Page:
All Fugu (sum of databases) 153,389 sequences, 416 Mbases

It was necessary to find all P450 containing fragments from all of these databases. An assumption was made that fish P450s would fall in similar family groups (greater than 40% sequence identity) to mammalian members of the same family. Therefore, it would only be necessary to search the All Fugu database with 18 sequences (one from each mammalian family) to find all members of P450 in Fugu. Since some mammalian subfamiles are nearly in distinct families (they are on the border of the 40% definition) These subfamiles were also included in the search. Since positive hits were often in the mid 20% range and they could still be identified as valid P450s, this strategy was deemed sufficient to pick up most vertebrate p450 members, even if they were in a new family not seen in mammals. It should also be able to detect a wide variety of pseudogenes.

Phase 1 Blast Searching

The process of finding all members of the P450 family in Fugu can be divided in to three stages. The first is the identification of all accession numbers in the dataset that have p450s or parts of p450s on them. The blast searches are done with each member of the query set and the output is examined to see which are legitimate hits. The accidental matches are thrown out. An expect value of 10 is used in this process. This will give some false matches, but there are true matches that are found very close to the excpect value of 10, they are ususally from the middle region of the P450s that is poorly conserved. For automation of this process, it might be possible to make the expect value 1 instead of 10. This would make the false positives very rare, but it would miss some true hits. The rationale for doing this would be that the true hits would have an expect value lower than 1 when another query sequence was used.

Once the first search has been done and all false hits have been discarded, a file is made of the accession numbers for the true hits. This is sorted alphanumerically and saved for comparison to the next search. Search two is done and the same procedure is followed. Now the two lists of accession numbers are compared. And any duplicate hits are deleted from the list. In an automated version of this process, it might be useful to keep a tally of the number of times an accession number is found and the percent identity of the blast result for the best match. The rare hits might be in new families. The process is repeated with all members of the query set. In an automated version of this process, there is no reason why every human sequence could not be used instead of the 18-20 used in the manual search. This would be more comprehensive and might pick up a few more accession numbers that would be missed otherwise.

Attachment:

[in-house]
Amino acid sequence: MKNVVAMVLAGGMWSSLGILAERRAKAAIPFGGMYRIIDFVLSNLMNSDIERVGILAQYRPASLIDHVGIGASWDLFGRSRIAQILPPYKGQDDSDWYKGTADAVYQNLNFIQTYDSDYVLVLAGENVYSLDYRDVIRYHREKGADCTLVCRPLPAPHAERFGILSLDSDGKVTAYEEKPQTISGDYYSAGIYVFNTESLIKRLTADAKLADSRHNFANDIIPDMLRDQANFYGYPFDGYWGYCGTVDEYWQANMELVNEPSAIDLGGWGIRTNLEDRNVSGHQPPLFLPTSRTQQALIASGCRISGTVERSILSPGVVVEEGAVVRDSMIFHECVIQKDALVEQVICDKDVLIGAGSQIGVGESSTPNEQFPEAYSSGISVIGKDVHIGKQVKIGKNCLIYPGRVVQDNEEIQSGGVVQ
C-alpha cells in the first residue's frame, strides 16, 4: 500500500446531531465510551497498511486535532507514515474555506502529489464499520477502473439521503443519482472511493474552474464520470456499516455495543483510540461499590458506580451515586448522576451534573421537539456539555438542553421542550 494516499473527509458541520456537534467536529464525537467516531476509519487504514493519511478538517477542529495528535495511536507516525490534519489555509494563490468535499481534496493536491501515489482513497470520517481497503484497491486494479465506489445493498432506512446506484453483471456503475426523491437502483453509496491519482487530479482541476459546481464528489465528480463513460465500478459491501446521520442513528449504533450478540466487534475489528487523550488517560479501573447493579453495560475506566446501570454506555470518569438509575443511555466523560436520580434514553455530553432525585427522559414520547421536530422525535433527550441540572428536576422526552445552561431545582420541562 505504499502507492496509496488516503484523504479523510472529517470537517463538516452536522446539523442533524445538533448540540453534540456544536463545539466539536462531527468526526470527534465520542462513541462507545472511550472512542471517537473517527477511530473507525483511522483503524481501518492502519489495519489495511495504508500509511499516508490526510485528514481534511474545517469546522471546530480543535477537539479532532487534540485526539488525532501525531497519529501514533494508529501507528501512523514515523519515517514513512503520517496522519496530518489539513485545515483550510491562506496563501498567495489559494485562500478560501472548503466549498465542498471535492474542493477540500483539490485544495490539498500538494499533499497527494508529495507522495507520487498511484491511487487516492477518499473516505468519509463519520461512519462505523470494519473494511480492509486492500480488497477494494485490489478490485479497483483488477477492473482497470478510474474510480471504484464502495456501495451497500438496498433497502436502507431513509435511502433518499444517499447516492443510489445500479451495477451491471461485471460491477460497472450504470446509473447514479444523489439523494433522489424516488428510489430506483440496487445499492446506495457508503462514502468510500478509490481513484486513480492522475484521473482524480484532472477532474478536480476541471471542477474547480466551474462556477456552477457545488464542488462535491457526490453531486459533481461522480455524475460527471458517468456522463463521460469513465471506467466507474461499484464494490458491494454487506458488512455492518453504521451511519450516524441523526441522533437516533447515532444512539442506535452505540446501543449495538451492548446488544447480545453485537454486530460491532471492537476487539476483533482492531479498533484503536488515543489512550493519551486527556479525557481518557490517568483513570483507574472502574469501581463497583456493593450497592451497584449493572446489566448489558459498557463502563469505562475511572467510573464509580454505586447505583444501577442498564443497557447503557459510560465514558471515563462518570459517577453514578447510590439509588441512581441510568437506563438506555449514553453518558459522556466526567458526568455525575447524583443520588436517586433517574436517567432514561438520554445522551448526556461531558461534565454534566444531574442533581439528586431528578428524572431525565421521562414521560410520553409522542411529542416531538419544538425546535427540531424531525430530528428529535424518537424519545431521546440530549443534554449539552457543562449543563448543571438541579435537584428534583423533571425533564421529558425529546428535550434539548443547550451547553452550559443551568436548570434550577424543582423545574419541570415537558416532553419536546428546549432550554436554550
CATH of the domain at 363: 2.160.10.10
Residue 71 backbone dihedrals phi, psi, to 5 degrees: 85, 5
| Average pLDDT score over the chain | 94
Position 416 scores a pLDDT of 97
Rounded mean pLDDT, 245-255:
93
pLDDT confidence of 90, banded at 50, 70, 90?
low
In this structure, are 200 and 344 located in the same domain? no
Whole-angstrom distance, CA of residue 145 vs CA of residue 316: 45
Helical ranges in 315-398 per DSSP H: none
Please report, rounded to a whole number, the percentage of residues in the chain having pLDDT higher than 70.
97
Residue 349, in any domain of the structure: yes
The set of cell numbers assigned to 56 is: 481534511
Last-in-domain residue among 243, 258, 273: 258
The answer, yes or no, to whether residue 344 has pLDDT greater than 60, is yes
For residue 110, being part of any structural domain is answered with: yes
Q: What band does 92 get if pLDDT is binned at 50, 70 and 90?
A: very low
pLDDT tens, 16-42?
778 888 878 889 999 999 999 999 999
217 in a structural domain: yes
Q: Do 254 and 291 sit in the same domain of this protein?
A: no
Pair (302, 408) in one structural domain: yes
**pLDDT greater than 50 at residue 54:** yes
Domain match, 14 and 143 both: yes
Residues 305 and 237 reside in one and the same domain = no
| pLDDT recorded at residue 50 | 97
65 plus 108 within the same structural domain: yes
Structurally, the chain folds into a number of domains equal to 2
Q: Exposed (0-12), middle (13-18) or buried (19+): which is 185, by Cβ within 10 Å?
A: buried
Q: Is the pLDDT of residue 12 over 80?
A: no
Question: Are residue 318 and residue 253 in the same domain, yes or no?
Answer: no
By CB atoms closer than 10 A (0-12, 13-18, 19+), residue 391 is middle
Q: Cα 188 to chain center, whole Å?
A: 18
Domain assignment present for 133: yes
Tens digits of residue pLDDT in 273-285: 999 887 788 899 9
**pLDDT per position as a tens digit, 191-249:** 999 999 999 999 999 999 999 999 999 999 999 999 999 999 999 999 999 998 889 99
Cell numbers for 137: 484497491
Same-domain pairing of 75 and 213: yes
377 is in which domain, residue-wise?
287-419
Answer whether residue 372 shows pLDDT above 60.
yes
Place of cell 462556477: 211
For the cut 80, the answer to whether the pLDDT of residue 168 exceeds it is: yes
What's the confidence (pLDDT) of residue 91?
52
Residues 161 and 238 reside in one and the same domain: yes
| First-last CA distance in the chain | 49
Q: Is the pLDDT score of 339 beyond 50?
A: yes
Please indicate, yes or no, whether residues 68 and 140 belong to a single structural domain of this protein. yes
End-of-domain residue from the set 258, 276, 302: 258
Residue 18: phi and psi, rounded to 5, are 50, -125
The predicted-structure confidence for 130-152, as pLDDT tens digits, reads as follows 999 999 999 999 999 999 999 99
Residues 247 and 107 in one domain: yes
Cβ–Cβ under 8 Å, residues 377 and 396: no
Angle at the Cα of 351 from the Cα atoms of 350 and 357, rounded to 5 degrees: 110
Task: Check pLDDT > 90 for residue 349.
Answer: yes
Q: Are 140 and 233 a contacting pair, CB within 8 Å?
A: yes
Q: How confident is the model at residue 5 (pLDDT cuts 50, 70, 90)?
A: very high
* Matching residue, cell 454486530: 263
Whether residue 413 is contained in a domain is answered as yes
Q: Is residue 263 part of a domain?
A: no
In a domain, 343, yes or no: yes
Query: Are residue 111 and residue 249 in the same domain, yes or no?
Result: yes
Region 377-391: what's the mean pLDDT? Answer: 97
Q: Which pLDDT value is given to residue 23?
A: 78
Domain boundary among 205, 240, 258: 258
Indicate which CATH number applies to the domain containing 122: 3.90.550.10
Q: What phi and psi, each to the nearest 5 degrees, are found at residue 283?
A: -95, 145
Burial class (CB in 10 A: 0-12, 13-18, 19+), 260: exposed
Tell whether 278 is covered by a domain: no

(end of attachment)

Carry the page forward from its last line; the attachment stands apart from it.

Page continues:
Phase 2 Sorting into gene families and individual genes

A blast server has been set up by Rob Edwards on a Linux server in the Bioinformatics suite that has all P450 members from 12 different species, including human, rat and mouse. This is a curated dataset that is non-redundant and comprehensive. As new members are found, they are added to these databases. The server is advertised on the Cytochrome P450 Homepage and is available to the world as a service. The blast search results from phase 1 are compared to the complete human set of p450s to identify the best match. This is the process of family or subfamily identification for each accession number. This procedure can be shortened somewhat by early identification of multiple members of the same gene. These accession numbers do not have to be searched again. The results from the phase 1 searches resulted in 332 accession numbers. These were joined into 17 gene familes and numerous subfamiles by blasting against the human set.